Valentino Rossi's focus was on improving acceleration, trying to maximize engine torque out of corners. That was one place where he felt the Yamaha was lacking, and though engine development is frozen, a lot of work is going on in trying to boost power in certain parts of the rev range though electronic mapping strategies. He had also worked on his qualifying pace, putting in a couple of short runs at the end of the day. The aim, he explained, was to try to qualify on the front of the grid, the one point where he felt he was struggling. With Le Mans, Mugello and Barcelona coming up, tracks which suit the Yamaha and where Rossi has gone very well in the past, Rossi is keen to try to take the fight to Marc Marquez. Beating him would be hard: the Honda is a little better than the Yamaha at the moment, but the biggest difference was Marquez himself, Rossi said. There will be tracks where it would be possible to beat the Spaniard, Rossi said. 'We always have to keep trying.'
It wasn't just the Yamahas working on braking, Marc Marquez had also spent some time on that. He had tested a larger rear disk with better cooling, to help him slow down. What use was a rear brake to him, when he spent all his time braking with the rear in the air, one journalist asked. Marquez laughed, but replied that the rear brake was especially important in the fast corners, where corner entry is key. They had also tested suspension and geometry changes at the back of the bike, to help in the same area. All of this had been aimed at fixing the problems Marquez had had at Turn 5 all weekend. It was the one sector of the track where he had lost time to his rivals, and so had been cause for concern. They had learned some important things for other tracks with similar sectors, Marquez said.
Dani Pedrosa had other priorities. Over the past 18 months, Pedrosa and his crew have been changing the bike to make him stronger in the second half of the race, an area where he had been weaker. Those changes had paid off, as he demonstrated clearly at both Argentina and Jerez. That success had come at a price, however, and cost Pedrosa his lightning starts and early pace. He and his team had been working on redressing the balance, sacrificing a little bit of late pace to recover some of the ground lost early on. It was a delicate balancing act, Pedrosa conceded, but he was confident they had achieved at least part of their objective.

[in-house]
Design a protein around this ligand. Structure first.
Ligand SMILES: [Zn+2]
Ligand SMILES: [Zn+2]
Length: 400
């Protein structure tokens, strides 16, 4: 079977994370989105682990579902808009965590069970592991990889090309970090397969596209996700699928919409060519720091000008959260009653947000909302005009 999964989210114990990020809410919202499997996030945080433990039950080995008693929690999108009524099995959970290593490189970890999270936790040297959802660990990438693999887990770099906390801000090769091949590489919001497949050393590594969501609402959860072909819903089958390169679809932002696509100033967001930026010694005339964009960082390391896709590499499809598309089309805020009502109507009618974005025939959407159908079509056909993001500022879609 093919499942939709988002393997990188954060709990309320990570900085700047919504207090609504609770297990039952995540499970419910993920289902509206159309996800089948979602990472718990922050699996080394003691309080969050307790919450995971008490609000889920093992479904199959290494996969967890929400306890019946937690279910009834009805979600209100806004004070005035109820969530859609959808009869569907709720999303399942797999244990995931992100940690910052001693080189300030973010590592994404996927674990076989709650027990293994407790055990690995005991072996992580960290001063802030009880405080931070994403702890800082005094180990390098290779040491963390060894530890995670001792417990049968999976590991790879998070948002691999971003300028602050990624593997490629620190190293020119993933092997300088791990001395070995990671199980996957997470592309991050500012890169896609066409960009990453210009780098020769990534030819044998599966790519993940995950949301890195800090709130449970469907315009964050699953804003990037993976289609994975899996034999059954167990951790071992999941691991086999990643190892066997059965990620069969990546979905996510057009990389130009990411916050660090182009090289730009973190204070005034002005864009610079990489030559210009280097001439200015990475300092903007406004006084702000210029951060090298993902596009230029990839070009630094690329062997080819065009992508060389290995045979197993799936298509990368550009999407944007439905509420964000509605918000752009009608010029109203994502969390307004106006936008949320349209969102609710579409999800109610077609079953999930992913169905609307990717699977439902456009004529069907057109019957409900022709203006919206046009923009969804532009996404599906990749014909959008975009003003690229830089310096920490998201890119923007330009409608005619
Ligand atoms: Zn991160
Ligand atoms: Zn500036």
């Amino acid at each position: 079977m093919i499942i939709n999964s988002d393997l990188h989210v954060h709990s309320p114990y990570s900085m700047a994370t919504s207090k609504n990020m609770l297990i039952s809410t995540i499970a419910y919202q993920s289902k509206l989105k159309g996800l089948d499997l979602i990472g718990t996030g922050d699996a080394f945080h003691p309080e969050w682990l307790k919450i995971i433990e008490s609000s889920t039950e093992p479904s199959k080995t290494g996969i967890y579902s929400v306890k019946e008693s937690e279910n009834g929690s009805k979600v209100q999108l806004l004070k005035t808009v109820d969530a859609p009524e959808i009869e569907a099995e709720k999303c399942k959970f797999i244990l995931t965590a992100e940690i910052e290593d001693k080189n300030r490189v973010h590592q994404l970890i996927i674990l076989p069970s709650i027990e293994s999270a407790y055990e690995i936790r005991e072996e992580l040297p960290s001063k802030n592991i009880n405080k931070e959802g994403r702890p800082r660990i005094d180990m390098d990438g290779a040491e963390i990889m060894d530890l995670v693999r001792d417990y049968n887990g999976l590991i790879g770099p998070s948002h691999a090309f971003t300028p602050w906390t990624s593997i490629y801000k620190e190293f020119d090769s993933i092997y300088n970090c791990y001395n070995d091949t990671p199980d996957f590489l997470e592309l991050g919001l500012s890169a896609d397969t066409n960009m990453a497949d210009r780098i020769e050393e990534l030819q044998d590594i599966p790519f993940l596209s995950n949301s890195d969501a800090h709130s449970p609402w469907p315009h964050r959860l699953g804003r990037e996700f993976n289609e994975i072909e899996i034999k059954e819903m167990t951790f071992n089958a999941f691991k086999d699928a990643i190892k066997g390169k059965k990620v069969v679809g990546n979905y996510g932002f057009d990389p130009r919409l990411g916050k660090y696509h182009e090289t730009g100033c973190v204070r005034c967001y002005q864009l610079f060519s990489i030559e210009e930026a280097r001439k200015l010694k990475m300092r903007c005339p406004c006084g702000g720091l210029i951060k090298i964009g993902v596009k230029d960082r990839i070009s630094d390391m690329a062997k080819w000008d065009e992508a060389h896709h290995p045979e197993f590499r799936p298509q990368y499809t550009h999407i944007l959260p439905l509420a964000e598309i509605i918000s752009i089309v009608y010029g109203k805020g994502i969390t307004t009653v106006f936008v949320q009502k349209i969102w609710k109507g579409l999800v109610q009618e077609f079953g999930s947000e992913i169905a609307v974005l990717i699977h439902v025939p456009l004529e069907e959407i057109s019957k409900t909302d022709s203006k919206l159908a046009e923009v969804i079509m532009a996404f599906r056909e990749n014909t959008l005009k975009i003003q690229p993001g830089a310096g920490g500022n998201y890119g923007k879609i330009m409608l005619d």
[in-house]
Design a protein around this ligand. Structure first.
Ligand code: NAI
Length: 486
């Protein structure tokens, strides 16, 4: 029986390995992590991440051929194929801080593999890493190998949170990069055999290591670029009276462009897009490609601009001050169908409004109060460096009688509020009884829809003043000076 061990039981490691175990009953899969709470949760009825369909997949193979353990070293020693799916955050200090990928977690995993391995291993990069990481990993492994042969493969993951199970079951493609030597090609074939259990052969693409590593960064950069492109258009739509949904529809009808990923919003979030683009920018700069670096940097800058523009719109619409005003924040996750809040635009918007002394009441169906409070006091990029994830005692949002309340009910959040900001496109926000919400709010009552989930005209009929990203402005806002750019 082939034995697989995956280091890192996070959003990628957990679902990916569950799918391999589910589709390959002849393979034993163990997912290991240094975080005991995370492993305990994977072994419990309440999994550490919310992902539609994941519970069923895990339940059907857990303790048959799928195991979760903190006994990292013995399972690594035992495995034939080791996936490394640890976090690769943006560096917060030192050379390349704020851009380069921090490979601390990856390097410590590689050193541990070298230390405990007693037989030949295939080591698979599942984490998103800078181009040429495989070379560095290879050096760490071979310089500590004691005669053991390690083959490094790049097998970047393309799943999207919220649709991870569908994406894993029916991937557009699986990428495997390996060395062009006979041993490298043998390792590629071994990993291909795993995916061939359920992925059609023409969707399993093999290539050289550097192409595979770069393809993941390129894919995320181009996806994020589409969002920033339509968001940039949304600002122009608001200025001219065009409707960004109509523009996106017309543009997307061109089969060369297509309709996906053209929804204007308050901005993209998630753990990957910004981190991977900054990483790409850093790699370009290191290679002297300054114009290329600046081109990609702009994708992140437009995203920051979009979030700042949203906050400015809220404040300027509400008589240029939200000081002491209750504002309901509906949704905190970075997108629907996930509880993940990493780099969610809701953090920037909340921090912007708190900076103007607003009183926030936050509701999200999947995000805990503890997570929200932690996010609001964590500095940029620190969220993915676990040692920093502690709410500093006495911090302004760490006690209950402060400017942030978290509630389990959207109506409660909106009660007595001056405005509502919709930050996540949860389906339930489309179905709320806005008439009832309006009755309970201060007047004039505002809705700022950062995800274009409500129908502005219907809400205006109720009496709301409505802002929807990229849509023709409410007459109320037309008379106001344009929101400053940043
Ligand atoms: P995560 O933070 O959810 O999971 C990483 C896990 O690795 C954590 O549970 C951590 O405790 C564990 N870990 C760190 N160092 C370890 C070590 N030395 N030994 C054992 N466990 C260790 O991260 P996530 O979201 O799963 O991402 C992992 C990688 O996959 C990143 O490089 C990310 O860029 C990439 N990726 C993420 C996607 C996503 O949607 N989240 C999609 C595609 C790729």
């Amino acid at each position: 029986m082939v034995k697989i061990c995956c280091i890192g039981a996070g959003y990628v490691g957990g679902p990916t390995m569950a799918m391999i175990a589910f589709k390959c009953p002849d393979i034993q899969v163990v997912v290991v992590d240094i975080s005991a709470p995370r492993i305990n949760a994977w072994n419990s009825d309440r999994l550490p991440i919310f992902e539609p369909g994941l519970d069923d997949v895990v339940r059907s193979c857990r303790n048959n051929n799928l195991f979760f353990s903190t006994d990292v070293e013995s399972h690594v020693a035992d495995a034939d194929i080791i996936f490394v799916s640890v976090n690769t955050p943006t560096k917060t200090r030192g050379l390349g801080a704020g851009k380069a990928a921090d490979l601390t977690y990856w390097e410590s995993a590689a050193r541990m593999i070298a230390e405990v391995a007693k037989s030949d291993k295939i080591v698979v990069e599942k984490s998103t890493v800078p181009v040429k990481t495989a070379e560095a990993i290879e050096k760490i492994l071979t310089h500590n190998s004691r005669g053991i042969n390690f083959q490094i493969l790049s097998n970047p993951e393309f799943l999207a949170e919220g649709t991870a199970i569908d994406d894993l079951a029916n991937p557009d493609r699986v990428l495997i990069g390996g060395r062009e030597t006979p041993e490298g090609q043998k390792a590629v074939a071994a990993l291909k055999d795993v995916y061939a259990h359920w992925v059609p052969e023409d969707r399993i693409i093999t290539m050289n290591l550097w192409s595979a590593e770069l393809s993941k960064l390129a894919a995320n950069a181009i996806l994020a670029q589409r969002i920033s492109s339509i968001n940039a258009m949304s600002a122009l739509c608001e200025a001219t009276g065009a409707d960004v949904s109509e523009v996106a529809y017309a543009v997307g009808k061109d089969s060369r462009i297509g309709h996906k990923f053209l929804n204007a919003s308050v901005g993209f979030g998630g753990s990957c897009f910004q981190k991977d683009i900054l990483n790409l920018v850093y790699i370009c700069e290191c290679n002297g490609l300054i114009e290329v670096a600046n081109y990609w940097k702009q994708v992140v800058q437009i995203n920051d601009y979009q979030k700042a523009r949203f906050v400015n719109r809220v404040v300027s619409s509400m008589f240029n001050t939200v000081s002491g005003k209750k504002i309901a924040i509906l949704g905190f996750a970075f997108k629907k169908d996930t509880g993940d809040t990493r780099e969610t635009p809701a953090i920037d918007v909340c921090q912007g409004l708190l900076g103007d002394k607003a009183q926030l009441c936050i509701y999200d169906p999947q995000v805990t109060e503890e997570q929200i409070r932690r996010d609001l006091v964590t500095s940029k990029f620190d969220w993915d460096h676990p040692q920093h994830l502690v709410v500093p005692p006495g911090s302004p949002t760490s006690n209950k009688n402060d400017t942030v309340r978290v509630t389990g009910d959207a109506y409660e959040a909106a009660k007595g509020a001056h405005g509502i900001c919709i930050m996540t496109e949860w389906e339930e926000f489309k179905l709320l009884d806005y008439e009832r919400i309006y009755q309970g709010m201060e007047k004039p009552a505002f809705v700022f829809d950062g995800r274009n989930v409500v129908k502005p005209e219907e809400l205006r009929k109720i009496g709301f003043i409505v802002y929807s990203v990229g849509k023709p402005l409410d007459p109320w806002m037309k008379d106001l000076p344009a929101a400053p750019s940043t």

The factory Ducati team were absent, having scheduled a private test at Mugello instead. The rumor mill is already running at full steam fueled by speculation on exactly what they will be testing. A radically revised chassis? A new engine? Nobody at Ducati was letting on. Test rider Michele Pirro had nothing radical on show, though the two protuberances on the tail of his GP14 led to speculation once again that they could be inertial dampers, or possibly some form of sensor. Inertial dampers might be used to cancel out some of the rear pumping the Ducati is notorious for, but whether such small dampers would have a sufficiently large effect on a massive weight is open to question. If they make their way onto the Ducati race machines, then we might find out more.
The next test will be after the Barcelona race, and that promises to be far more interesting. The test, in mid-June, could see a raft of genuinely new material turn up. Needless to say, the gearheads are already licking their lips in anticipation.
Test times here.